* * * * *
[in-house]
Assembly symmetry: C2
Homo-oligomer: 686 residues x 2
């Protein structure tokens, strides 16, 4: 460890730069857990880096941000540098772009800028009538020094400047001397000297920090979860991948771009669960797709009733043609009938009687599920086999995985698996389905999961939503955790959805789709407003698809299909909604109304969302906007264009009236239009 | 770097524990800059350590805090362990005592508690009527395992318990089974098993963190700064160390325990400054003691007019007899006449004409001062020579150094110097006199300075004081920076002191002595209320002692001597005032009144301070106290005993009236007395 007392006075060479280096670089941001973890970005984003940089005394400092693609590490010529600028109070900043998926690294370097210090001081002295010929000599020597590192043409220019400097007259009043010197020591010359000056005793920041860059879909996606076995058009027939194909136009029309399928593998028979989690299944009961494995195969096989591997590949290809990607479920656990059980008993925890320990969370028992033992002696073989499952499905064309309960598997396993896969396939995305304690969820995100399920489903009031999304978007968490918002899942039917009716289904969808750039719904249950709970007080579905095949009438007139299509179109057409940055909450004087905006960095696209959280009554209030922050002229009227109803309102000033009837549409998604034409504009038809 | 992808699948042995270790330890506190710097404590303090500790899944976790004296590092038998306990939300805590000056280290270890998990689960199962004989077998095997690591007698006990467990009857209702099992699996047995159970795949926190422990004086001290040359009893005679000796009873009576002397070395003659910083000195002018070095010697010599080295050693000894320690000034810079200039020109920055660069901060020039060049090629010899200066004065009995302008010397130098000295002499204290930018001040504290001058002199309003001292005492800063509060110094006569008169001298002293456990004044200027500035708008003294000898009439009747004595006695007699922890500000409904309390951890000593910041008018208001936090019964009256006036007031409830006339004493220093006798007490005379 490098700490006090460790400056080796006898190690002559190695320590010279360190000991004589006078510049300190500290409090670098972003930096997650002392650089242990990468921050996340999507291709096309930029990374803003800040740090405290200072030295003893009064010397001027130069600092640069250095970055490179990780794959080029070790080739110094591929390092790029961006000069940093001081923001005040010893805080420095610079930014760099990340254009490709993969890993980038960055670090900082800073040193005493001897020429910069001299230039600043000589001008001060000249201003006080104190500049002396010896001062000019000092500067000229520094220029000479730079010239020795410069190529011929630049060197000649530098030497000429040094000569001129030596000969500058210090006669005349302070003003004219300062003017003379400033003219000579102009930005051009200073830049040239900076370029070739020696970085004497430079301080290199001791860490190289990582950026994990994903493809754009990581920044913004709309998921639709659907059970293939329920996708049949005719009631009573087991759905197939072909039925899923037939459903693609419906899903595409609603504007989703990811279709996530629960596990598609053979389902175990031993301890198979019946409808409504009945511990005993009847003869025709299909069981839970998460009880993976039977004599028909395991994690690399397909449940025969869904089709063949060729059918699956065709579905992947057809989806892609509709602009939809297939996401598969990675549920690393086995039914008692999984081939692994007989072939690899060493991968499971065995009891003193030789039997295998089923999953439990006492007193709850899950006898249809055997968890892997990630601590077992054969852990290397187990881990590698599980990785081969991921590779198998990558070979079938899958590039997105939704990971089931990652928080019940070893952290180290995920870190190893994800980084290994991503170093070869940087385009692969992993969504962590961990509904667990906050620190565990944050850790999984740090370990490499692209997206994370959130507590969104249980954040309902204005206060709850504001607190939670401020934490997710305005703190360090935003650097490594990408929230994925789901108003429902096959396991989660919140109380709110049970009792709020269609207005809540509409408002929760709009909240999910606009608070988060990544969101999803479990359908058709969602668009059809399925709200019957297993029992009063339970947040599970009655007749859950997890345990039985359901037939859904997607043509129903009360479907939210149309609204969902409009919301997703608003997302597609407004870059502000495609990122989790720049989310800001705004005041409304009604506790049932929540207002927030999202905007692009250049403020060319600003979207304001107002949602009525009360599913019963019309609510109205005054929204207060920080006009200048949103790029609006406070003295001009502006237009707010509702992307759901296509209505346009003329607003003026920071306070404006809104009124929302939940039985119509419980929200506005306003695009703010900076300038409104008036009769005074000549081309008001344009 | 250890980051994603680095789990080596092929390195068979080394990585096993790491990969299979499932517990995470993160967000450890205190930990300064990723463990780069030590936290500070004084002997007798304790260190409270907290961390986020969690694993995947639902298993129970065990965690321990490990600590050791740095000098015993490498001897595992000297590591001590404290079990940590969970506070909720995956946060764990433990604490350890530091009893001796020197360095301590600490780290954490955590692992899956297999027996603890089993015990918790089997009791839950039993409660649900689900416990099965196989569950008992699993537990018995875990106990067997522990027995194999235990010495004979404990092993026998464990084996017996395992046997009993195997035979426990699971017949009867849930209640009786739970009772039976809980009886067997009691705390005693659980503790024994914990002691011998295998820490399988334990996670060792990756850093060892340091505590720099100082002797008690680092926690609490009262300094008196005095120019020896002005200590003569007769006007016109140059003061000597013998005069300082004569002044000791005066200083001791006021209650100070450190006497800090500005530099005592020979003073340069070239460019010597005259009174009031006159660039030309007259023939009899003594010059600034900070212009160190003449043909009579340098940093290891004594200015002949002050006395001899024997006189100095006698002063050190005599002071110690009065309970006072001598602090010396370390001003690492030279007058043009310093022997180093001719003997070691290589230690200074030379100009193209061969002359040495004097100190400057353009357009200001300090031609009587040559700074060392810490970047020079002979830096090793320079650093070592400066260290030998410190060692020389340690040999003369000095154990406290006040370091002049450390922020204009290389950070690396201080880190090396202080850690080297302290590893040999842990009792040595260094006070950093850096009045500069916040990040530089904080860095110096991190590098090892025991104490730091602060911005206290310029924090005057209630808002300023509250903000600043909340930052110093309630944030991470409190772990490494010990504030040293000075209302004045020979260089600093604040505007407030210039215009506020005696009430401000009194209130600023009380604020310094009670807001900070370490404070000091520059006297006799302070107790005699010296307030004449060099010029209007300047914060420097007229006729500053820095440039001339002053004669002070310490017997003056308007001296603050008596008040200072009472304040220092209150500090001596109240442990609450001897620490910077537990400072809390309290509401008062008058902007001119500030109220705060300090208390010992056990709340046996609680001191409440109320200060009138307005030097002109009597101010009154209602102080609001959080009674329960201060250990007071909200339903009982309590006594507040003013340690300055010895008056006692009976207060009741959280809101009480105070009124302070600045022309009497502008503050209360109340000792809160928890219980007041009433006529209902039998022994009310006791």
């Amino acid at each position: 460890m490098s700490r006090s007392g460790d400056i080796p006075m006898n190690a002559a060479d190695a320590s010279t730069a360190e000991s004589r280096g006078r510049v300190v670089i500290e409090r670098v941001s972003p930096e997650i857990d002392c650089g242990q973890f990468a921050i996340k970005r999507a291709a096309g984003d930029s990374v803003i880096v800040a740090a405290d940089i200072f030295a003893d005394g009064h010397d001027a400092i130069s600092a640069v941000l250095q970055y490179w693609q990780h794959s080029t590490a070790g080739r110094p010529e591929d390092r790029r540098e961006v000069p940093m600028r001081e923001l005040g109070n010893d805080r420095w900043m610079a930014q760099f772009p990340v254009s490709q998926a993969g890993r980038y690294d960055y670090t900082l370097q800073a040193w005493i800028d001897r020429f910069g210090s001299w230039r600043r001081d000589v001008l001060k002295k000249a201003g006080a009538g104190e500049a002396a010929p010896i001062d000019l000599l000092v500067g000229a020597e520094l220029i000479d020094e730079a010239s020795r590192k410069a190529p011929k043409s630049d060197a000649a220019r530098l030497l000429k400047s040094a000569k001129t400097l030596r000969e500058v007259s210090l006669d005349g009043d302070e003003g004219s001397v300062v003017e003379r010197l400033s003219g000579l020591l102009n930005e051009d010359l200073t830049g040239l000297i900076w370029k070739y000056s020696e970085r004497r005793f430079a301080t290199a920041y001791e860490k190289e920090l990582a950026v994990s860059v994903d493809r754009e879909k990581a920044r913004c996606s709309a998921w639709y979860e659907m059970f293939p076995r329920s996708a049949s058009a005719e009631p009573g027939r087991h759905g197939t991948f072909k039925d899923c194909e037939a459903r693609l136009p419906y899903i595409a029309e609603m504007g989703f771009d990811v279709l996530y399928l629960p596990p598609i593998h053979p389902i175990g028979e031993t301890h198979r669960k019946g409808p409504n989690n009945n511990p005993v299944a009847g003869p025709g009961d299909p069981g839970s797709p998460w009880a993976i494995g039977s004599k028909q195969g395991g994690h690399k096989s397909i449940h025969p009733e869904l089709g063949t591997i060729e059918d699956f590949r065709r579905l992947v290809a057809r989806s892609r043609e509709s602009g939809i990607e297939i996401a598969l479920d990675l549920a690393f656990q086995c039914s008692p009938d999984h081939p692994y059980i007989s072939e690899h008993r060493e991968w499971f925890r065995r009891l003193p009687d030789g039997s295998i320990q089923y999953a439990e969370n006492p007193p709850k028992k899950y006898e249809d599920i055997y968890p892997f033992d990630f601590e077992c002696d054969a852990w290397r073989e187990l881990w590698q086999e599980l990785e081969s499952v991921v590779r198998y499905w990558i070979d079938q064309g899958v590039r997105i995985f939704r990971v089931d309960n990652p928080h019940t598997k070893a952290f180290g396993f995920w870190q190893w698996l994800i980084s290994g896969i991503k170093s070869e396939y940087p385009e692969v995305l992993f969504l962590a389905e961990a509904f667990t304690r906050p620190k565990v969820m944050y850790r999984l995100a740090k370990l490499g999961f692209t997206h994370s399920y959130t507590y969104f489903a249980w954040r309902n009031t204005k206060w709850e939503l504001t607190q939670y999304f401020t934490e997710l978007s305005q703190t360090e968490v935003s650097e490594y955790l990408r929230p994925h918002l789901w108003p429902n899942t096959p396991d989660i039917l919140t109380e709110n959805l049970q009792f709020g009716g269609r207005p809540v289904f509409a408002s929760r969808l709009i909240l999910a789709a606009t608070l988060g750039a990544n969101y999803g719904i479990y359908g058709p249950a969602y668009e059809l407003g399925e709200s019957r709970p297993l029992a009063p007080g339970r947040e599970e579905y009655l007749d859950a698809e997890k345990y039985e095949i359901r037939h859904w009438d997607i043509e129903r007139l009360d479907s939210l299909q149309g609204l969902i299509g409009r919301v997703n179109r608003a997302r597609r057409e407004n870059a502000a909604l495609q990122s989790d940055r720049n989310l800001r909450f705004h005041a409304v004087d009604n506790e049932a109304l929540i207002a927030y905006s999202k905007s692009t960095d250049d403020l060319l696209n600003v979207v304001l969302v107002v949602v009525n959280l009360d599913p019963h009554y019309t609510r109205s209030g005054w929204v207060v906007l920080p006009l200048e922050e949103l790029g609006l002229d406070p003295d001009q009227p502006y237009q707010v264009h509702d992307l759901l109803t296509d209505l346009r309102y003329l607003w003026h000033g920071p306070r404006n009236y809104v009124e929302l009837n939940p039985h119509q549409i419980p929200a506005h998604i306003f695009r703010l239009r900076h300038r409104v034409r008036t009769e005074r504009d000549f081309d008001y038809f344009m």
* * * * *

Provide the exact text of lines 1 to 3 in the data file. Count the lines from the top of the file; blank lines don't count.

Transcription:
[in-house]
Assembly symmetry: C2
Homo-oligomer: 686 residues x 2